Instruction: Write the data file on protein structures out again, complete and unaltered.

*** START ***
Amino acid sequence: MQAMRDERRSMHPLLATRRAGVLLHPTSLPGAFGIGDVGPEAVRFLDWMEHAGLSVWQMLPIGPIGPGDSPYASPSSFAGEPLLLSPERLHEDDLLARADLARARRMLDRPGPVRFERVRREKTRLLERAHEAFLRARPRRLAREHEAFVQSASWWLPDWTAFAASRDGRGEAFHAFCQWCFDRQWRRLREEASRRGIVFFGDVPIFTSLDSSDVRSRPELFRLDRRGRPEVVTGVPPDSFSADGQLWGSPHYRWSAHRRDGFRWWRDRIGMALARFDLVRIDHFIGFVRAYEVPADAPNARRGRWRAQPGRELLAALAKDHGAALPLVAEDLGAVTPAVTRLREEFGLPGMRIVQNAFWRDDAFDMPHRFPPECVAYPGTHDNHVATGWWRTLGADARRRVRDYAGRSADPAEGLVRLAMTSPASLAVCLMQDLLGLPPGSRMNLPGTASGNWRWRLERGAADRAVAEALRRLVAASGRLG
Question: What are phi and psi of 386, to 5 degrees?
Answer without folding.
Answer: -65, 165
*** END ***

Amino acid sequence: MQAMRDERRSMHPLLATRRAGVLLHPTSLPGAFGIGDVGPEAVRFLDWMEHAGLSVWQMLPIGPIGPGDSPYASPSSFAGEPLLLSPERLHEDDLLARADLARARRMLDRPGPVRFERVRREKTRLLERAHEAFLRARPRRLAREHEAFVQSASWWLPDWTAFAASRDGRGEAFHAFCQWCFDRQWRRLREEASRRGIVFFGDVPIFTSLDSSDVRSRPELFRLDRRGRPEVVTGVPPDSFSADGQLWGSPHYRWSAHRRDGFRWWRDRIGMALARFDLVRIDHFIGFVRAYEVPADAPNARRGRWRAQPGRELLAALAKDHGAALPLVAEDLGAVTPAVTRLREEFGLPGMRIVQNAFWRDDAFDMPHRFPPECVAYPGTHDNHVATGWWRTLGADARRRVRDYAGRSADPAEGLVRLAMTSPASLAVCLMQDLLGLPPGSRMNLPGTASGNWRWRLERGAADRAVAEALRRLVAASGRLG
Question: What are phi and psi of 386, to 5 degrees?
Answer without folding.
Answer: -65, 165